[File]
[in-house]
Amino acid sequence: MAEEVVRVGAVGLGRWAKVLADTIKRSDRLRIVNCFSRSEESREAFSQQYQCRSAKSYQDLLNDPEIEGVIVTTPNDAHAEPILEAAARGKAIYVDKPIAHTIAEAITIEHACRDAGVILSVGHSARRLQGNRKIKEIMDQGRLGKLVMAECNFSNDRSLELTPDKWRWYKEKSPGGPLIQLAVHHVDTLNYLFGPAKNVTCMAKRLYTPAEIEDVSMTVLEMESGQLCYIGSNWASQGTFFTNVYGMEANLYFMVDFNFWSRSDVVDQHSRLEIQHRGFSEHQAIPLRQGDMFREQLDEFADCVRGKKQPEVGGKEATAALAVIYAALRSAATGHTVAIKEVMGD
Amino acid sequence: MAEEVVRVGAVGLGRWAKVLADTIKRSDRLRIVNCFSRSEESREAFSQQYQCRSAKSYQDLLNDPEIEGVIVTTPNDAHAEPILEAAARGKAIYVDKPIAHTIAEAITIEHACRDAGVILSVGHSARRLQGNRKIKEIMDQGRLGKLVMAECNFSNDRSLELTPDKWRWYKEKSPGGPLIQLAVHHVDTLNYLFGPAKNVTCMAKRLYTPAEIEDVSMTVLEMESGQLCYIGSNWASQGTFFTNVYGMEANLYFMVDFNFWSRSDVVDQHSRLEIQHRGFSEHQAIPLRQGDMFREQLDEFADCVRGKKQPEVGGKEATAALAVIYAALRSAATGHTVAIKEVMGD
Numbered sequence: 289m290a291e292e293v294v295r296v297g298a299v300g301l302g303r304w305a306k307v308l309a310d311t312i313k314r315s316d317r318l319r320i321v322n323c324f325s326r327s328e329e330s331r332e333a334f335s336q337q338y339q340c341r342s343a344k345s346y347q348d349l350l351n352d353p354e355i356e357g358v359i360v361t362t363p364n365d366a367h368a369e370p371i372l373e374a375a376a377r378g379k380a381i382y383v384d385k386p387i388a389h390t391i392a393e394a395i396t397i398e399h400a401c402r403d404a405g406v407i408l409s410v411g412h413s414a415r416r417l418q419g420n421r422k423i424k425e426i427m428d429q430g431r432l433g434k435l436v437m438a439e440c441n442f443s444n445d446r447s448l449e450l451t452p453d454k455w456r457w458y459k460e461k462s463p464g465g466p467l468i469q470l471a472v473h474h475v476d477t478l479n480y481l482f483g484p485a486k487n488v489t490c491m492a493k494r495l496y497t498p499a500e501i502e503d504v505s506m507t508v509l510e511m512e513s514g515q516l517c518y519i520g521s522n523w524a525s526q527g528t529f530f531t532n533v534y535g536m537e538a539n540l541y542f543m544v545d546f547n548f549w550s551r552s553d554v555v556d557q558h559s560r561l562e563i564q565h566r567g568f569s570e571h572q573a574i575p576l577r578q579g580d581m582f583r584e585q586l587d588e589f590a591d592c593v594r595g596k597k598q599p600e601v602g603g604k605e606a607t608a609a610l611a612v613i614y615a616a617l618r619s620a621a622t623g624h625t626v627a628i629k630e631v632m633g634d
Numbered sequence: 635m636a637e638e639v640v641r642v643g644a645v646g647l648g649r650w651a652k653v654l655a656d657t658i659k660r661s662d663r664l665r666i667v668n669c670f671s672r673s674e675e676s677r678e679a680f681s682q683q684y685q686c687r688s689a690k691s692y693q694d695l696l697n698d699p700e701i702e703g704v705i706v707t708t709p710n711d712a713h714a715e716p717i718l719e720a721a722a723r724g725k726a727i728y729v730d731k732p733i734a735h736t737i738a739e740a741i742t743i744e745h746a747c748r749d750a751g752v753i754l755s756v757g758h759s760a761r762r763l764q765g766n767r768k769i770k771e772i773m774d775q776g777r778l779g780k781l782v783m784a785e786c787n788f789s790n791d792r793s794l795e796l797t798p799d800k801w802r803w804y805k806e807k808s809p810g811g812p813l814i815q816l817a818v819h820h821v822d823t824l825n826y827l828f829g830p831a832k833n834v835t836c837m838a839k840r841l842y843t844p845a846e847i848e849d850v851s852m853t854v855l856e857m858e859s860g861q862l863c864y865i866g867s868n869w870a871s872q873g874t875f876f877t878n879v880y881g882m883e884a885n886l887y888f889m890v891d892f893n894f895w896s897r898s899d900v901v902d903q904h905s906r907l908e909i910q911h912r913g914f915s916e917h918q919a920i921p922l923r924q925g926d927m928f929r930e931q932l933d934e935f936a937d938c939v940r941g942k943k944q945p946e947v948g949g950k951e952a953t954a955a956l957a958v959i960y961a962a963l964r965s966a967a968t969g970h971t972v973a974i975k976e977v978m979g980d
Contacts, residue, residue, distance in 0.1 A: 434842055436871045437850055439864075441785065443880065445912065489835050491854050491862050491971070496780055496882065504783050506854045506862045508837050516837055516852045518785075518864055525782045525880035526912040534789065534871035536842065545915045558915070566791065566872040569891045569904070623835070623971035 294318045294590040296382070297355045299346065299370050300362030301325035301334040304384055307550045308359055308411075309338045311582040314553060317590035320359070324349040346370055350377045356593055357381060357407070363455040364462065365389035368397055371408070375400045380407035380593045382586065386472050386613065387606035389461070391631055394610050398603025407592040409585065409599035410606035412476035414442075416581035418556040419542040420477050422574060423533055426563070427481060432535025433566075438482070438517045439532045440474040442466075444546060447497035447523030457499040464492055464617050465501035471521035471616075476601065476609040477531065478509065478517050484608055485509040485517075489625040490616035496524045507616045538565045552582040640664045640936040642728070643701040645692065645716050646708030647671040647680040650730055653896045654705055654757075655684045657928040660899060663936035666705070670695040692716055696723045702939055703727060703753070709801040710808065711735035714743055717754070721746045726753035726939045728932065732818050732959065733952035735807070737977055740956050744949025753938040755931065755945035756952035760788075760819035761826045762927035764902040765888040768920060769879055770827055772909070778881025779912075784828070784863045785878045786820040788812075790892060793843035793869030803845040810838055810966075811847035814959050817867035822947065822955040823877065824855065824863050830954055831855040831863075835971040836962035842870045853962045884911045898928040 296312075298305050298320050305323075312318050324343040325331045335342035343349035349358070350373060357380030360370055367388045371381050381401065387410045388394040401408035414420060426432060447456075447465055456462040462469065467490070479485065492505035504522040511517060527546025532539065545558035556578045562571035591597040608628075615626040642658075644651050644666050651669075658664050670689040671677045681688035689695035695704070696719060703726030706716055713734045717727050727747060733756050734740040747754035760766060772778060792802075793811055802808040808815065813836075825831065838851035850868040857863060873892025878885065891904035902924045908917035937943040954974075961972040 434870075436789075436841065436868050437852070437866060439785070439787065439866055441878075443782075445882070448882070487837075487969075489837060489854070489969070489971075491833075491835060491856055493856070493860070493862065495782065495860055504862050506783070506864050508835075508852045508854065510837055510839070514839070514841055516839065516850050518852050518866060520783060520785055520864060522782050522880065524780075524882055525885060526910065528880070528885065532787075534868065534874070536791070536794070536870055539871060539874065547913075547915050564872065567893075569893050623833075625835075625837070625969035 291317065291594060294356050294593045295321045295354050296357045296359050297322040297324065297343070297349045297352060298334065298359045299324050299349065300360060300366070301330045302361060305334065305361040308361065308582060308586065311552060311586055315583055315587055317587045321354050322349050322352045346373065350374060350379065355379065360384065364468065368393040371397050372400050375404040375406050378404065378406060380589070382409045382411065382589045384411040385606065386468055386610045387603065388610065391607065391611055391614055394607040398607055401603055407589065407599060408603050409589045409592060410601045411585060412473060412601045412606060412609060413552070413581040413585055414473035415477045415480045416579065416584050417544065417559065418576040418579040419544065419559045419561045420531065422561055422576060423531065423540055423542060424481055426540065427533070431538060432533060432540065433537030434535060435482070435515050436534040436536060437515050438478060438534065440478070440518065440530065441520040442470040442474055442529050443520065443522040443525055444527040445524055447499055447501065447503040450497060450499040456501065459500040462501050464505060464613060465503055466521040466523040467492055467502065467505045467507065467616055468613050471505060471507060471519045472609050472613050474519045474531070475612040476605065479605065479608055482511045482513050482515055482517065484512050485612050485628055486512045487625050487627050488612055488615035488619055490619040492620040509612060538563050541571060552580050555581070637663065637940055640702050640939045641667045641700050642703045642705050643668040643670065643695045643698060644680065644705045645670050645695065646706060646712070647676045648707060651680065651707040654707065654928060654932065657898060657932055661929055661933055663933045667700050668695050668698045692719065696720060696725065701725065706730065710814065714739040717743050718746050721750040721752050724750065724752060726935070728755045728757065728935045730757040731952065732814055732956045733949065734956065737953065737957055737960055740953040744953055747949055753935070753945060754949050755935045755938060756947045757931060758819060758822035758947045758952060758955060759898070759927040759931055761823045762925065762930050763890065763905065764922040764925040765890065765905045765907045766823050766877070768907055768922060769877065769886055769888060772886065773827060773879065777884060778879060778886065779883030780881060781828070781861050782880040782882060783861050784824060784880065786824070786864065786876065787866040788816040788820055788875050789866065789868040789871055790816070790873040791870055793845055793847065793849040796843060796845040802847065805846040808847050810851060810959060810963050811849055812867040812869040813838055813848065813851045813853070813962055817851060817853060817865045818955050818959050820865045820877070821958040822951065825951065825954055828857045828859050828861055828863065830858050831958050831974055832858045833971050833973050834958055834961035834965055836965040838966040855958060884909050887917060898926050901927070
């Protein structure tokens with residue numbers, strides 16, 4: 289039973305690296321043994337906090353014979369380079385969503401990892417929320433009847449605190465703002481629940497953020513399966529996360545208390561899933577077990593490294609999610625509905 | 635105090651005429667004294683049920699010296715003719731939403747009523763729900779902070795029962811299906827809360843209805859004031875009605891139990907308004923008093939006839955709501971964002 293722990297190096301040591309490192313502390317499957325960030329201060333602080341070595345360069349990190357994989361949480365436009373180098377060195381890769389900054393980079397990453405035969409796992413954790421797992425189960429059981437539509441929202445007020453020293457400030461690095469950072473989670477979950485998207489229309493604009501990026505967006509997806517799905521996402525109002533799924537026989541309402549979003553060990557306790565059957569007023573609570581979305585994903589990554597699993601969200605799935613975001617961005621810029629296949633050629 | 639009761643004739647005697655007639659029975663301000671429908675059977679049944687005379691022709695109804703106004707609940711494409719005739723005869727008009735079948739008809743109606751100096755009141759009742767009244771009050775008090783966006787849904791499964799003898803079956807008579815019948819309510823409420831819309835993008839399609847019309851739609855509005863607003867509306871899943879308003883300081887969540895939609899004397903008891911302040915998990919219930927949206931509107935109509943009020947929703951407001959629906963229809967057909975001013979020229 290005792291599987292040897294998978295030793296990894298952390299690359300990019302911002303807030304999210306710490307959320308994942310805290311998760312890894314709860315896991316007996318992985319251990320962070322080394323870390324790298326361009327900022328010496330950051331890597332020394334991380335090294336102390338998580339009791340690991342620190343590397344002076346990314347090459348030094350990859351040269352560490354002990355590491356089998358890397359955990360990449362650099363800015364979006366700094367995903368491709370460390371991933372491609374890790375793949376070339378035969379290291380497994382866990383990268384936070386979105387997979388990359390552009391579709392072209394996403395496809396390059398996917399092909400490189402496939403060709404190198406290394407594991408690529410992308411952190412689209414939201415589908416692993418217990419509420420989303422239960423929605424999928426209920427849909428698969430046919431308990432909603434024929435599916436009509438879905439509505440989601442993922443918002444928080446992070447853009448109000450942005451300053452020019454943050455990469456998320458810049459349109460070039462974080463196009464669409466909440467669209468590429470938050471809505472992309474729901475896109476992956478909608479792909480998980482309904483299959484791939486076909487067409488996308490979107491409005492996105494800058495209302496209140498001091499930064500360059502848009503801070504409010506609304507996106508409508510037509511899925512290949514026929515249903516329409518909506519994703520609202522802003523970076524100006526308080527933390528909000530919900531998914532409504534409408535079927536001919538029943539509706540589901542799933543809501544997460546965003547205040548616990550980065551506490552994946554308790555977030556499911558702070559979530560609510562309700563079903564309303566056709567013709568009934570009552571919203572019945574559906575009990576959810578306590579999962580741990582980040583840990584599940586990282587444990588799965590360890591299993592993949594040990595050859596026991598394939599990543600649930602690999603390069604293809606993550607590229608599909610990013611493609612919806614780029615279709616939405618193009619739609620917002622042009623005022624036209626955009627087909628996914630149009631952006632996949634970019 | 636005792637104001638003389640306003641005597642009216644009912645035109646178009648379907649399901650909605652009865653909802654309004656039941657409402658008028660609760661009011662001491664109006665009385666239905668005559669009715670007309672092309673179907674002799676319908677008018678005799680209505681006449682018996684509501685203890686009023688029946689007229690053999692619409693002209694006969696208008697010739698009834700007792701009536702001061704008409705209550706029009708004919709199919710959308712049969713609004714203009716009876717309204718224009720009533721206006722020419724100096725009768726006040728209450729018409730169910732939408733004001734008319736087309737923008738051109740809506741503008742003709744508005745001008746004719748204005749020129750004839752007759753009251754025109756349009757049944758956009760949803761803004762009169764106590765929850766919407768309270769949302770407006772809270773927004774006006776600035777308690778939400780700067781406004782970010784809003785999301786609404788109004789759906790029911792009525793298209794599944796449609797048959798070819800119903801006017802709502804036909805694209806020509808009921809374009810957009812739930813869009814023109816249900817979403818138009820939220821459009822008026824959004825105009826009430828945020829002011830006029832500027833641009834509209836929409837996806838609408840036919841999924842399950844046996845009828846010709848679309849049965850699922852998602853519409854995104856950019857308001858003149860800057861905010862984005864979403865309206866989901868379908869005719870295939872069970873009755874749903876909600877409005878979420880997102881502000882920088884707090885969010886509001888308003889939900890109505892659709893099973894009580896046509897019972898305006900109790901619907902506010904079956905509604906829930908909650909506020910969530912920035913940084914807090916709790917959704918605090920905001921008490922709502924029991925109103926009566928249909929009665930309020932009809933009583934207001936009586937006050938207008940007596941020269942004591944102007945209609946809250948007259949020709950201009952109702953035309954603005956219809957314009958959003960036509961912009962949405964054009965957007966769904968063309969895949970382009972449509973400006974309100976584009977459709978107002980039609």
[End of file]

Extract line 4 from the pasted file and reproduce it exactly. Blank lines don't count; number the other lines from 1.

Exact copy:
Numbered sequence: 289m290a291e292e293v294v295r296v297g298a299v300g301l302g303r304w305a306k307v308l309a310d311t312i313k314r315s316d317r318l319r320i321v322n323c324f325s326r327s328e329e330s331r332e333a334f335s336q337q338y339q340c341r342s343a344k345s346y347q348d349l350l351n352d353p354e355i356e357g358v359i360v361t362t363p364n365d366a367h368a369e370p371i372l373e374a375a376a377r378g379k380a381i382y383v384d385k386p387i388a389h390t391i392a393e394a395i396t397i398e399h400a401c402r403d404a405g406v407i408l409s410v411g412h413s414a415r416r417l418q419g420n421r422k423i424k425e426i427m428d429q430g431r432l433g434k435l436v437m438a439e440c441n442f443s444n445d446r447s448l449e450l451t452p453d454k455w456r457w458y459k460e461k462s463p464g465g466p467l468i469q470l471a472v473h474h475v476d477t478l479n480y481l482f483g484p485a486k487n488v489t490c491m492a493k494r495l496y497t498p499a500e501i502e503d504v505s506m507t508v509l510e511m512e513s514g515q516l517c518y519i520g521s522n523w524a525s526q527g528t529f530f531t532n533v534y535g536m537e538a539n540l541y542f543m544v545d546f547n548f549w550s551r552s553d554v555v556d557q558h559s560r561l562e563i564q565h566r567g568f569s570e571h572q573a574i575p576l577r578q579g580d581m582f583r584e585q586l587d588e589f590a591d592c593v594r595g596k597k598q599p600e601v602g603g604k605e606a607t608a609a610l611a612v613i614y615a616a617l618r619s620a621a622t623g624h625t626v627a628i629k630e631v632m633g634d